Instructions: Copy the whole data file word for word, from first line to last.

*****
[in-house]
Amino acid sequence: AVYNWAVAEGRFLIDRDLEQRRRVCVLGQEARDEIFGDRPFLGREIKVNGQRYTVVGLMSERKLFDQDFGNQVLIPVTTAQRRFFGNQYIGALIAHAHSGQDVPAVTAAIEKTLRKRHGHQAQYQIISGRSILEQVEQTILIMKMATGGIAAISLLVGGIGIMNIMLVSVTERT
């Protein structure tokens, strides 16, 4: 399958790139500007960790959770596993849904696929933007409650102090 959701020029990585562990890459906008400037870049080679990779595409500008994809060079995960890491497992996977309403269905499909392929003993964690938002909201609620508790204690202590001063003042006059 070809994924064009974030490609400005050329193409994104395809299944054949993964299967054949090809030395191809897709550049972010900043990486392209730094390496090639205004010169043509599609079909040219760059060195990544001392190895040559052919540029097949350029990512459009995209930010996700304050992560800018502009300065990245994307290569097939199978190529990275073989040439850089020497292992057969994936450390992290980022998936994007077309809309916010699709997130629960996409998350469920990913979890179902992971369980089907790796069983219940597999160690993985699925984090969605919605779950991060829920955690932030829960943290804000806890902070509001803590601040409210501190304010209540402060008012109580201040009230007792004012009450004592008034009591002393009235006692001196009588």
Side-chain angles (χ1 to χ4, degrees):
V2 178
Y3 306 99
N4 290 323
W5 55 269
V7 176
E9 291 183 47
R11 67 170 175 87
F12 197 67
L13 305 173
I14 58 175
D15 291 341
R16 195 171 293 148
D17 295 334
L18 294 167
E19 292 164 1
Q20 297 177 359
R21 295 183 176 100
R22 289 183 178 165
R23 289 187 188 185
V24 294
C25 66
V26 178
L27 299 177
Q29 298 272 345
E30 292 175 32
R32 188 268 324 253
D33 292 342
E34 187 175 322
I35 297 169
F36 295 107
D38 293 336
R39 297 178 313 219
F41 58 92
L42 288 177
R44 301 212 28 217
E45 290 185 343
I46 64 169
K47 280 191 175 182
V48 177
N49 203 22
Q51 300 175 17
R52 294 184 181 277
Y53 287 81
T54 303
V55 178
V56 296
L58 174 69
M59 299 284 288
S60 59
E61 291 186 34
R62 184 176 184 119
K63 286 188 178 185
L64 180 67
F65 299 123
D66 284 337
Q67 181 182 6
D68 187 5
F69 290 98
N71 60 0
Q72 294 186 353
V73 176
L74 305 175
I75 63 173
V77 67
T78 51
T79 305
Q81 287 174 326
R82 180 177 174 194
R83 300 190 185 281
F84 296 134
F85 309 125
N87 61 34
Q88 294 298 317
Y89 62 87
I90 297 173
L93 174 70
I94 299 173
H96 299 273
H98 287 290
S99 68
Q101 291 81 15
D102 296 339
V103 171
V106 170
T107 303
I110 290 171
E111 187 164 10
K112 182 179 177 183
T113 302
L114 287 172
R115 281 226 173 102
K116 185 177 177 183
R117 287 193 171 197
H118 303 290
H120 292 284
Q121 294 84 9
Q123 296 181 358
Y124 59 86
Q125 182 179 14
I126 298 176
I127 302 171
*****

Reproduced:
[in-house]
Amino acid sequence: AVYNWAVAEGRFLIDRDLEQRRRVCVLGQEARDEIFGDRPFLGREIKVNGQRYTVVGLMSERKLFDQDFGNQVLIPVTTAQRRFFGNQYIGALIAHAHSGQDVPAVTAAIEKTLRKRHGHQAQYQIISGRSILEQVEQTILIMKMATGGIAAISLLVGGIGIMNIMLVSVTERT
């Protein structure tokens, strides 16, 4: 399958790139500007960790959770596993849904696929933007409650102090 959701020029990585562990890459906008400037870049080679990779595409500008994809060079995960890491497992996977309403269905499909392929003993964690938002909201609620508790204690202590001063003042006059 070809994924064009974030490609400005050329193409994104395809299944054949993964299967054949090809030395191809897709550049972010900043990486392209730094390496090639205004010169043509599609079909040219760059060195990544001392190895040559052919540029097949350029990512459009995209930010996700304050992560800018502009300065990245994307290569097939199978190529990275073989040439850089020497292992057969994936450390992290980022998936994007077309809309916010699709997130629960996409998350469920990913979890179902992971369980089907790796069983219940597999160690993985699925984090969605919605779950991060829920955690932030829960943290804000806890902070509001803590601040409210501190304010209540402060008012109580201040009230007792004012009450004592008034009591002393009235006692001196009588």
Side-chain angles (χ1 to χ4, degrees):
V2 178
Y3 306 99
N4 290 323
W5 55 269
V7 176
E9 291 183 47
R11 67 170 175 87
F12 197 67
L13 305 173
I14 58 175
D15 291 341
R16 195 171 293 148
D17 295 334
L18 294 167
E19 292 164 1
Q20 297 177 359
R21 295 183 176 100
R22 289 183 178 165
R23 289 187 188 185
V24 294
C25 66
V26 178
L27 299 177
Q29 298 272 345
E30 292 175 32
R32 188 268 324 253
D33 292 342
E34 187 175 322
I35 297 169
F36 295 107
D38 293 336
R39 297 178 313 219
F41 58 92
L42 288 177
R44 301 212 28 217
E45 290 185 343
I46 64 169
K47 280 191 175 182
V48 177
N49 203 22
Q51 300 175 17
R52 294 184 181 277
Y53 287 81
T54 303
V55 178
V56 296
L58 174 69
M59 299 284 288
S60 59
E61 291 186 34
R62 184 176 184 119
K63 286 188 178 185
L64 180 67
F65 299 123
D66 284 337
Q67 181 182 6
D68 187 5
F69 290 98
N71 60 0
Q72 294 186 353
V73 176
L74 305 175
I75 63 173
V77 67
T78 51
T79 305
Q81 287 174 326
R82 180 177 174 194
R83 300 190 185 281
F84 296 134
F85 309 125
N87 61 34
Q88 294 298 317
Y89 62 87
I90 297 173
L93 174 70
I94 299 173
H96 299 273
H98 287 290
S99 68
Q101 291 81 15
D102 296 339
V103 171
V106 170
T107 303
I110 290 171
E111 187 164 10
K112 182 179 177 183
T113 302
L114 287 172
R115 281 226 173 102
K116 185 177 177 183
R117 287 193 171 197
H118 303 290
H120 292 284
Q121 294 84 9
Q123 296 181 358
Y124 59 86
Q125 182 179 14
I126 298 176
I127 302 171